My book writes "tha urrainn dhomh". Why did you correct it?
Because it's wrong. It's definitely "is urrainn...", no "tha" there at all.
Also I've been taught expressions like "Nach mi a tha gòrach!" so I guessed it would be "nach a' Ghàidhlig a tha brèagha!". Why did you add "eil" after nach?
Well, because your sentence just didn't make sense to me
To use a similar structure like "nach mi tha gòrach" you could say "nach brèagha a tha a' Ghàidhlig". It's different anyway with nouns and personal pronouns, it's not completely the same pattern.
Thanks for your explanations about the stem/noun system. It seems quite clear. So "I want to buy apples" is litterally "I want the apples' buying" in Gaelic?
You can't translate it exactly literally, but as I wrote above it is something like "Is me at wanting the apples to buying". It does not make sense in English, I know, but you just have to get used to the Gaelic structures... don't do too much at once, step by step!
Another question now, is when do I use the verbal noun and when the stem? I think I need some explanation on the use and formation of tenses because my book won't explain them. Could you give me a table of Gaelic tenses and their formation (regular verbs only).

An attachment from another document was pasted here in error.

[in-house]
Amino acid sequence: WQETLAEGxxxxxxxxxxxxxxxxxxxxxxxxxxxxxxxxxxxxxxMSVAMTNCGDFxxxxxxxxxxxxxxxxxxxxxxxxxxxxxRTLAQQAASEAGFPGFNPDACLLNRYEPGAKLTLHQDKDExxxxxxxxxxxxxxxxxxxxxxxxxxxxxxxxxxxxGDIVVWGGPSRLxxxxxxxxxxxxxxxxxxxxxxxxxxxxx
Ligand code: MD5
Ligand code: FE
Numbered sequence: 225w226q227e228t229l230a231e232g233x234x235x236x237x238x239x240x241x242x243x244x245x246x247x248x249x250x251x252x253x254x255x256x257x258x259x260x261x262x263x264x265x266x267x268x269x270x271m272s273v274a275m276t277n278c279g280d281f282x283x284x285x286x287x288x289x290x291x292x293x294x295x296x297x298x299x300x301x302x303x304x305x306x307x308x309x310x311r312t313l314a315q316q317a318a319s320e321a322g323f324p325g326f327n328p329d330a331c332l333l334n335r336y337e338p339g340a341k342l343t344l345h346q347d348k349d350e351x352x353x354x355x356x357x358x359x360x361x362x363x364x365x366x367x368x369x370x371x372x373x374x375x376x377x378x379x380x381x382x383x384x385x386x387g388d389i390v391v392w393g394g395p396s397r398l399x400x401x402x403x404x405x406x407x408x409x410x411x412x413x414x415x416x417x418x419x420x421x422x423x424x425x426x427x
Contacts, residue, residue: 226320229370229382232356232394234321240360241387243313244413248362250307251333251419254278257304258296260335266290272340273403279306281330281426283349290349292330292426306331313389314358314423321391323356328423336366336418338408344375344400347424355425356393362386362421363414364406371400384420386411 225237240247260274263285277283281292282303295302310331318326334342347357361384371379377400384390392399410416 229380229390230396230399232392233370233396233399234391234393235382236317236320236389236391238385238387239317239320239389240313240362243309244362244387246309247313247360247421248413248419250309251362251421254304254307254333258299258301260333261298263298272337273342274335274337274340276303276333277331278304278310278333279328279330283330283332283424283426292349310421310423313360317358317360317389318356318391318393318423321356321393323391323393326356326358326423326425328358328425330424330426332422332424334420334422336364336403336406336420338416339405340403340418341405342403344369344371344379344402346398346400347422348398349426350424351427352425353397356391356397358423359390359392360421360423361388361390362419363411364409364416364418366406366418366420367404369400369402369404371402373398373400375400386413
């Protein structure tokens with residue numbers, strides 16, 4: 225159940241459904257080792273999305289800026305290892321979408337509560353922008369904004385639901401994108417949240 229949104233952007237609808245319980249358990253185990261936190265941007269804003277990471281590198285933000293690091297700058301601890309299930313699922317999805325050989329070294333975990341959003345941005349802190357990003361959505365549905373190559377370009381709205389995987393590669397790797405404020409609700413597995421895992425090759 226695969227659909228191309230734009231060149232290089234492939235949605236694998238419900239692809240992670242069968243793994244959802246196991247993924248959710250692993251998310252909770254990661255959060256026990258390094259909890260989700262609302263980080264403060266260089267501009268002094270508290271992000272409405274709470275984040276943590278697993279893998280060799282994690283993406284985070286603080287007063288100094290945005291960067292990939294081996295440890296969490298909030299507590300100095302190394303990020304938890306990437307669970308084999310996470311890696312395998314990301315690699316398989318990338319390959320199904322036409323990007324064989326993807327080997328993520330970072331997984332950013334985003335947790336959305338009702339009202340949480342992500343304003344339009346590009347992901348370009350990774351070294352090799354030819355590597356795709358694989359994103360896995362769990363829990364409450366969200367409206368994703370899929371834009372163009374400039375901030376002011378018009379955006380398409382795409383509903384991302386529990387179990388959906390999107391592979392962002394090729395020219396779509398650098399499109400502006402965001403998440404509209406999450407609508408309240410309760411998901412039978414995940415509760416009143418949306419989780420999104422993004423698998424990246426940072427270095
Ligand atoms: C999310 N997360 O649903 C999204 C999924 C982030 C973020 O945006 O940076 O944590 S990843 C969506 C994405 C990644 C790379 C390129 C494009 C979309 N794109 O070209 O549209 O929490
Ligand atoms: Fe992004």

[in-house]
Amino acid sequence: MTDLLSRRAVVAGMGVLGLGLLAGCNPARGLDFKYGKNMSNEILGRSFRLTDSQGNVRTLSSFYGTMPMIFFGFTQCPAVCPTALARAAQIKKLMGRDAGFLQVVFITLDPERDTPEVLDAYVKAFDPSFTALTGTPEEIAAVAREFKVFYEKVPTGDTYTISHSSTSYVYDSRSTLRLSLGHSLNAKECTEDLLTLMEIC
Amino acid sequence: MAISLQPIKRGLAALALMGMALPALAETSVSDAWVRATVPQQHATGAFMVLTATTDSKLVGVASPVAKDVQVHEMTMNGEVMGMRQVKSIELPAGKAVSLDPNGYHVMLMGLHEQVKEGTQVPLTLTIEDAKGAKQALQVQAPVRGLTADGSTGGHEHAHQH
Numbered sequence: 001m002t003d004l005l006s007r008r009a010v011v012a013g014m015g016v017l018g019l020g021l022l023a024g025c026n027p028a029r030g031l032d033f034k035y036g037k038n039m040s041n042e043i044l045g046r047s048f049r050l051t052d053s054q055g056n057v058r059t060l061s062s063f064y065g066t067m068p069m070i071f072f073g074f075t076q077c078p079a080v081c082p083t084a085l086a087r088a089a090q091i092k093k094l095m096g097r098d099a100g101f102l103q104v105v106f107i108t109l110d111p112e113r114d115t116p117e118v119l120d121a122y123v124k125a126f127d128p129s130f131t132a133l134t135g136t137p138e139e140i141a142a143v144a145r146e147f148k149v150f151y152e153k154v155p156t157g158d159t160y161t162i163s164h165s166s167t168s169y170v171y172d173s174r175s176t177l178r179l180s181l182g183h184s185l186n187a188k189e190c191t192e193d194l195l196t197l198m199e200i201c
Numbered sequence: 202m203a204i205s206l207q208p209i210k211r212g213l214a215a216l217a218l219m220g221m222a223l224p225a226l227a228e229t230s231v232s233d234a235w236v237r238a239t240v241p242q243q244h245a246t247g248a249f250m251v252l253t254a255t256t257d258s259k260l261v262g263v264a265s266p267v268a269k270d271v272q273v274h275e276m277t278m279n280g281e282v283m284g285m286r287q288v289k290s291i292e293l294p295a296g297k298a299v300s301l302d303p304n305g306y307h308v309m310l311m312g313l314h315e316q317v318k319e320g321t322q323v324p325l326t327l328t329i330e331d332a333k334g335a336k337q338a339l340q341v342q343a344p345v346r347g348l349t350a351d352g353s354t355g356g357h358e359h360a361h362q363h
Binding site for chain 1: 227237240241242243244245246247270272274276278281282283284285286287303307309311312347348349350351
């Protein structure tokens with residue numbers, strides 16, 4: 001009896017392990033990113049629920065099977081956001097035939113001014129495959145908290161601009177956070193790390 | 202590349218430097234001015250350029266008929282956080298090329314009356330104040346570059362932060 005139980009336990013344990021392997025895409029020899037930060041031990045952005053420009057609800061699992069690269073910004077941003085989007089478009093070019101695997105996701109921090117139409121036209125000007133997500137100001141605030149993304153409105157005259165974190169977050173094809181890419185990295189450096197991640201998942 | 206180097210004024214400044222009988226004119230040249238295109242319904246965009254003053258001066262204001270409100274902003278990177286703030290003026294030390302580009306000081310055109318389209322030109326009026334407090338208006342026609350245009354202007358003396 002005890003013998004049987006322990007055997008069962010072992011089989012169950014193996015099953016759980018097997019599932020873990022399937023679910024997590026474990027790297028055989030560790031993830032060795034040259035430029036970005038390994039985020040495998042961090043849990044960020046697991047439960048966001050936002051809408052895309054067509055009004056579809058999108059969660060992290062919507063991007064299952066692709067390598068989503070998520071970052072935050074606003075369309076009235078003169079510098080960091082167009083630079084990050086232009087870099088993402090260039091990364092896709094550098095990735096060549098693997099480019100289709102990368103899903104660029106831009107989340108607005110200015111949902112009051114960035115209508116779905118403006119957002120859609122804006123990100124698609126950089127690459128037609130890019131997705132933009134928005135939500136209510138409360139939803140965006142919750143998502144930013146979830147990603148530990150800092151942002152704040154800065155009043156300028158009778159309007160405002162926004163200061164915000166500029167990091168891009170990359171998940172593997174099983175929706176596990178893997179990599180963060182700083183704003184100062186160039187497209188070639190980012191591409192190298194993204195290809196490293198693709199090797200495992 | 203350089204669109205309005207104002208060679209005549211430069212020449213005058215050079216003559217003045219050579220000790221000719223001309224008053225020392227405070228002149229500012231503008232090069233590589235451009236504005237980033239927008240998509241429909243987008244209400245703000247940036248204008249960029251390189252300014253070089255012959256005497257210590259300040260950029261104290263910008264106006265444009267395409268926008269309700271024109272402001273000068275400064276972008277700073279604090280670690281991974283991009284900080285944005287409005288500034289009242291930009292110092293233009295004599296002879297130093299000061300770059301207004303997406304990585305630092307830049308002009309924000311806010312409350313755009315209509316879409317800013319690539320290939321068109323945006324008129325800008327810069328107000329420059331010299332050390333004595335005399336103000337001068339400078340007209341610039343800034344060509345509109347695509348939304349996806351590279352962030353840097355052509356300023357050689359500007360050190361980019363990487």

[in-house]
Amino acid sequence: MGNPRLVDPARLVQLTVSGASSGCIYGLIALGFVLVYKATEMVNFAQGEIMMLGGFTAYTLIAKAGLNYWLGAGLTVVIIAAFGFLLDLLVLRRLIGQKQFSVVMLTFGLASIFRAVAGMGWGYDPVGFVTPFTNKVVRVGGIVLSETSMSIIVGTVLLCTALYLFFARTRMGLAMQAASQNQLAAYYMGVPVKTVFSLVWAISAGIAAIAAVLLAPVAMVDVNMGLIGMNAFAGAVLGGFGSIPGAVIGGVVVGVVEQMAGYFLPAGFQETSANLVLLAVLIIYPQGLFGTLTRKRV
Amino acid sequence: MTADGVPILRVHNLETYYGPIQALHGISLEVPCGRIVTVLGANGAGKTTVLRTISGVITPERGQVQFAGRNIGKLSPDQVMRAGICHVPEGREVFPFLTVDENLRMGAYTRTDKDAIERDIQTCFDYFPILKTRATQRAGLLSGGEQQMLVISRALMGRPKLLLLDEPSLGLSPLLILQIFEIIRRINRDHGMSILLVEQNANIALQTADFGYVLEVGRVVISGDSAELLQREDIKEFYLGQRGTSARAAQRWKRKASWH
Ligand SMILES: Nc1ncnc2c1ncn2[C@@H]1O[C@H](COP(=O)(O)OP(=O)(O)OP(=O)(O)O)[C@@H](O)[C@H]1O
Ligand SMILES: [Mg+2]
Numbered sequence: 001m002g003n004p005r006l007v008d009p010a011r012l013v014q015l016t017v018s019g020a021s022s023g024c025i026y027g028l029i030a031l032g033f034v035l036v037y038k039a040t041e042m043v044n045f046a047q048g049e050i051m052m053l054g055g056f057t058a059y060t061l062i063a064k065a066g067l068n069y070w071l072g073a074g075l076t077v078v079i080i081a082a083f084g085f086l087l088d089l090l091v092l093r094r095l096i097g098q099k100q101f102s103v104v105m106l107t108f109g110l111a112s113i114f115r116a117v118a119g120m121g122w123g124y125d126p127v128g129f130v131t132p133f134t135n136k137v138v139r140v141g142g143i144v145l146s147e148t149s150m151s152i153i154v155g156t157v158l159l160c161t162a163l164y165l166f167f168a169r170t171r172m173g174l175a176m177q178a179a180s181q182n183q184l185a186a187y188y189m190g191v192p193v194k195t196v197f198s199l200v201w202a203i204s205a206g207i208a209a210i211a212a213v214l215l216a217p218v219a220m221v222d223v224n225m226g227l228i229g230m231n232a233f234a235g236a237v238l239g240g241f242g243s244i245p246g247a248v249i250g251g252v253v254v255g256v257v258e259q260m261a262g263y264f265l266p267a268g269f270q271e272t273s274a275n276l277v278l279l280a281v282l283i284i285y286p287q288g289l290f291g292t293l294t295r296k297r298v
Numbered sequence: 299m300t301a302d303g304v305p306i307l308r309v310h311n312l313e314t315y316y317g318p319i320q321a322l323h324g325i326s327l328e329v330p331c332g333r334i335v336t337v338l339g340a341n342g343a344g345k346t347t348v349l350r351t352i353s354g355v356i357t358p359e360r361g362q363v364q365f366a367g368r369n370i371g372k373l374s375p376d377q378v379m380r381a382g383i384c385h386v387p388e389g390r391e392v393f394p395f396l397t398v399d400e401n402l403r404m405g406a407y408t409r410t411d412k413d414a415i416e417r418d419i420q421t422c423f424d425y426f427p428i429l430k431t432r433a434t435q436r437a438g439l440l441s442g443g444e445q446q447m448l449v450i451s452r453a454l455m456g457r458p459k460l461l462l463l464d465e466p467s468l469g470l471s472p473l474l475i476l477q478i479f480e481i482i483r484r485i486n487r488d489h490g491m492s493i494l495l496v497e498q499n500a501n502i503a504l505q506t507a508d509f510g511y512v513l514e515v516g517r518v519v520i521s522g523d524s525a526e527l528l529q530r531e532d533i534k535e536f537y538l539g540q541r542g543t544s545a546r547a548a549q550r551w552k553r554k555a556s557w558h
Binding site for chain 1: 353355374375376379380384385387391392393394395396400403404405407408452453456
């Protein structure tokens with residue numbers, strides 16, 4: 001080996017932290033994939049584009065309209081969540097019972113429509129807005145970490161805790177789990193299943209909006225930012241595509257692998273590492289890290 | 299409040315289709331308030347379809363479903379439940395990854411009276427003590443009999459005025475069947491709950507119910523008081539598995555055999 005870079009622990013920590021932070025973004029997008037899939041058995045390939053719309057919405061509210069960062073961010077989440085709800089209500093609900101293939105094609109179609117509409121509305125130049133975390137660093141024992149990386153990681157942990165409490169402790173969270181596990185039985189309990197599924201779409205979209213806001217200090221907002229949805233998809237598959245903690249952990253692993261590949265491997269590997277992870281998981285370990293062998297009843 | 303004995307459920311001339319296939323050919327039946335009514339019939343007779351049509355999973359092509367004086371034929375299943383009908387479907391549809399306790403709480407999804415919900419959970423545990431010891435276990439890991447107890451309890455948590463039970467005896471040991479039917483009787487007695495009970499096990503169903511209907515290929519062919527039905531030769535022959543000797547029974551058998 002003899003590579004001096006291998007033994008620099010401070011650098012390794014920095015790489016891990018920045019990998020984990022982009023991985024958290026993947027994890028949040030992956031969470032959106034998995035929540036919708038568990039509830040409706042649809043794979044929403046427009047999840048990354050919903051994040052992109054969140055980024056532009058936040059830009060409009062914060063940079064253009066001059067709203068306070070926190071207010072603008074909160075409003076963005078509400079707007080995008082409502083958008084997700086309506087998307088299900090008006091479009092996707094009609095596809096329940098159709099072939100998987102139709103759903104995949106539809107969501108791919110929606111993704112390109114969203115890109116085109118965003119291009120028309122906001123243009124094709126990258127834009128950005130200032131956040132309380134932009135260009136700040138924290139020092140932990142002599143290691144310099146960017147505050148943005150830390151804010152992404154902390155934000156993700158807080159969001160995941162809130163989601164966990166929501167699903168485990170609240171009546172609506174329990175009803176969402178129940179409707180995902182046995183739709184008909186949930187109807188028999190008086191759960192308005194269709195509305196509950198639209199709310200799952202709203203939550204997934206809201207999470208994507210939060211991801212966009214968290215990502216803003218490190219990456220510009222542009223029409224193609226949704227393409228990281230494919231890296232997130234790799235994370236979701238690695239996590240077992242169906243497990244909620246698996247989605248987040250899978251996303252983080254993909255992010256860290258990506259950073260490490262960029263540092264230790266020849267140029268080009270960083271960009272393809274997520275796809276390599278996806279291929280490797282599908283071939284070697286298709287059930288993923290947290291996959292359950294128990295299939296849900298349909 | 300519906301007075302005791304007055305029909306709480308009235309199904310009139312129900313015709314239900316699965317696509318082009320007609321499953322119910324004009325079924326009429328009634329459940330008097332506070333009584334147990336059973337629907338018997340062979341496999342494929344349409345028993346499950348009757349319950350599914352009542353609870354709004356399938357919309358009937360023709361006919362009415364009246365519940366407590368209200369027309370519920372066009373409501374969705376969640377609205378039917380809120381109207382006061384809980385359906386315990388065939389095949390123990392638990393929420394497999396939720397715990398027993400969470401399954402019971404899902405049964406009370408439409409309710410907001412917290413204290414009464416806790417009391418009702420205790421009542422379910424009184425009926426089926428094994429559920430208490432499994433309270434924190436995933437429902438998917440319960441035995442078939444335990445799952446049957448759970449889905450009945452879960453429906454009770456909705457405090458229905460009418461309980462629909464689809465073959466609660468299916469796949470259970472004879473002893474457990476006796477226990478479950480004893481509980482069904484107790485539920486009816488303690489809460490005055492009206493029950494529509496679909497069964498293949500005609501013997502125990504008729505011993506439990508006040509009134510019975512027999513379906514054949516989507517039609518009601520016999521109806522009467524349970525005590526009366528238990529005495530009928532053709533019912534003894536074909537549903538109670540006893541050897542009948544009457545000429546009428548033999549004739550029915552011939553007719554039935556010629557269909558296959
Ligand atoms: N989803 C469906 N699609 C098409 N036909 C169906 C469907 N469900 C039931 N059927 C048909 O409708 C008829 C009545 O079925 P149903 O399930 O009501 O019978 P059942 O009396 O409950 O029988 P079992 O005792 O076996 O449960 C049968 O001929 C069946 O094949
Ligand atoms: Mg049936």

TAIC is really a great site, but again I'd suggest to go step by step, and *not* to start looking at the whole table of tenses! The most important thing (with every language) is to look at one structure and then practice it until you are really certain about it, then take the next one and practice again etc.
Listening and speaking is very important because it makes you remember patterns and structures and idiomatic expressions much better.
So, instead of printing out random lessons of TAIC, you should really go step by step, one lesson at a time, listen to all the stuff, repeat it, do all the exercises, etc.
A useful dictionary for a beginner would be the "Teach yourself Gaelic" dictionary by Iain Taylor and Boyd Robertson - do not confuse it with the learners' textbook of the same title. It has both directions, Gaelic -> English and English > Gaelic and covers all the vocabulary (with grammatical info) you need for a start.
And yes, there are certain patterns how to form the verbal nouns from verb stems, but for a start it's best to learn them with each verb and to practice them a lot
And yes, TAIC is done by a native speaker. Another good site for the sounds of Gaelic is http://www.akerbeltz.org
which is done by a non-native speaker, but he has better Gaelic than lots of native speakers